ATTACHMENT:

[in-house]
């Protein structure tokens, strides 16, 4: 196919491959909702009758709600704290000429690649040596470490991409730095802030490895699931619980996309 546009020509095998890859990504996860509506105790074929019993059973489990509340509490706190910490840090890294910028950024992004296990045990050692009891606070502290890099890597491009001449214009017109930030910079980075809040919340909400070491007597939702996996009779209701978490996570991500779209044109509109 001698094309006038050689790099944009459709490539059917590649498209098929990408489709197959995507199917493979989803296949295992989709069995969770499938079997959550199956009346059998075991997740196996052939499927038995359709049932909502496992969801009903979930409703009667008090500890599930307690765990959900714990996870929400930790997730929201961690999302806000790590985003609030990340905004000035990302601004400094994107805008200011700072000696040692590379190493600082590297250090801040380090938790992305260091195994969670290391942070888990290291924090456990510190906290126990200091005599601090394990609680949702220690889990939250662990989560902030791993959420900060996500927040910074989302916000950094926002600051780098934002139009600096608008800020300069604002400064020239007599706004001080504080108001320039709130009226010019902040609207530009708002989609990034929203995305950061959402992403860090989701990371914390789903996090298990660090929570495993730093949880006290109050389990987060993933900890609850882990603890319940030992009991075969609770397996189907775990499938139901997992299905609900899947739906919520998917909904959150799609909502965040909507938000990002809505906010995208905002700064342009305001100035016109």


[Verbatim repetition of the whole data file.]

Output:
[in-house]
């Protein structure tokens, strides 16, 4: 196919491959909702009758709600704290000429690649040596470490991409730095802030490895699931619980996309 546009020509095998890859990504996860509506105790074929019993059973489990509340509490706190910490840090890294910028950024992004296990045990050692009891606070502290890099890597491009001449214009017109930030910079980075809040919340909400070491007597939702996996009779209701978490996570991500779209044109509109 001698094309006038050689790099944009459709490539059917590649498209098929990408489709197959995507199917493979989803296949295992989709069995969770499938079997959550199956009346059998075991997740196996052939499927038995359709049932909502496992969801009903979930409703009667008090500890599930307690765990959900714990996870929400930790997730929201961690999302806000790590985003609030990340905004000035990302601004400094994107805008200011700072000696040692590379190493600082590297250090801040380090938790992305260091195994969670290391942070888990290291924090456990510190906290126990200091005599601090394990609680949702220690889990939250662990989560902030791993959420900060996500927040910074989302916000950094926002600051780098934002139009600096608008800020300069604002400064020239007599706004001080504080108001320039709130009226010019902040609207530009708002989609990034929203995305950061959402992403860090989701990371914390789903996090298990660090929570495993730093949880006290109050389990987060993933900890609850882990603890319940030992009991075969609770397996189907775990499938139901997992299905609900899947739906919520998917909904959150799609909502965040909507938000990002809505906010995208905002700064342009305001100035016109």